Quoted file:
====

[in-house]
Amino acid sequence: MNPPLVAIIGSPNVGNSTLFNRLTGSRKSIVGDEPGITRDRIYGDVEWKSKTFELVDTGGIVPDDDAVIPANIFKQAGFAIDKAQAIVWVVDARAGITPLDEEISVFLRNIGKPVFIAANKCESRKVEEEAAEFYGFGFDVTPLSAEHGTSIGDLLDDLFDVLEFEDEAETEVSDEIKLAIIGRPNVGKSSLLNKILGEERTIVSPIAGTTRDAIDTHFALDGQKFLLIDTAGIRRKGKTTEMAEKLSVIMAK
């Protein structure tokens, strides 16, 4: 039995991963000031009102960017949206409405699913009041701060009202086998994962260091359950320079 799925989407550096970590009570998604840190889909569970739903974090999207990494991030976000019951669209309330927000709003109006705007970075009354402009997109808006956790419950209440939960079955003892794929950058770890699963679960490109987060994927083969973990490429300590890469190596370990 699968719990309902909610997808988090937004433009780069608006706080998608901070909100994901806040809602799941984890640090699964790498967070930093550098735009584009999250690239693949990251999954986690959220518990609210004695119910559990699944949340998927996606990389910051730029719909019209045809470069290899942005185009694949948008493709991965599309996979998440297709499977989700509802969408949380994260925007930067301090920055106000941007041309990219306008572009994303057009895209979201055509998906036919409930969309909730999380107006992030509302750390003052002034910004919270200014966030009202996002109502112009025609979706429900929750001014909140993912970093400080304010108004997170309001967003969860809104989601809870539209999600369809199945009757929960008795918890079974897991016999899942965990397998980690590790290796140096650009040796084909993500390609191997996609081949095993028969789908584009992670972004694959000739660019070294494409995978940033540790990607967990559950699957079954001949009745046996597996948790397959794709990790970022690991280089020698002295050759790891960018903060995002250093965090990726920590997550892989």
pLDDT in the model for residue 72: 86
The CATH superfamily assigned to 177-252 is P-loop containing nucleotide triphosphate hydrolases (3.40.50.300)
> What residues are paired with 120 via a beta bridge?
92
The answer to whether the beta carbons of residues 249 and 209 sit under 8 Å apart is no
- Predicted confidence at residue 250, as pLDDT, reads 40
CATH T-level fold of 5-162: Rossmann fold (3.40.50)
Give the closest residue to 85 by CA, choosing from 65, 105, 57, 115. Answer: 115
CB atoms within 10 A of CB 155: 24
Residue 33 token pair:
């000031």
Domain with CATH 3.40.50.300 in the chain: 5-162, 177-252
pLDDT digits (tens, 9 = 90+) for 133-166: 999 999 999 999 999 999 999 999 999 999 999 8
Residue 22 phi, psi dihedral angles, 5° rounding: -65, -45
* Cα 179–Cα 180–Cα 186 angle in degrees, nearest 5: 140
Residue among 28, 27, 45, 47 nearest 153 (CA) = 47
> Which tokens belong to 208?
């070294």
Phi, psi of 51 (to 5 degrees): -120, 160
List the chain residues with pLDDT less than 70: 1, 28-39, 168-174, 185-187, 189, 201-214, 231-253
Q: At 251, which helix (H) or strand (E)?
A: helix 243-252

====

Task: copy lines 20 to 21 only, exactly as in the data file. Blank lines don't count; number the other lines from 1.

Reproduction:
> Which tokens belong to 208?
């070294």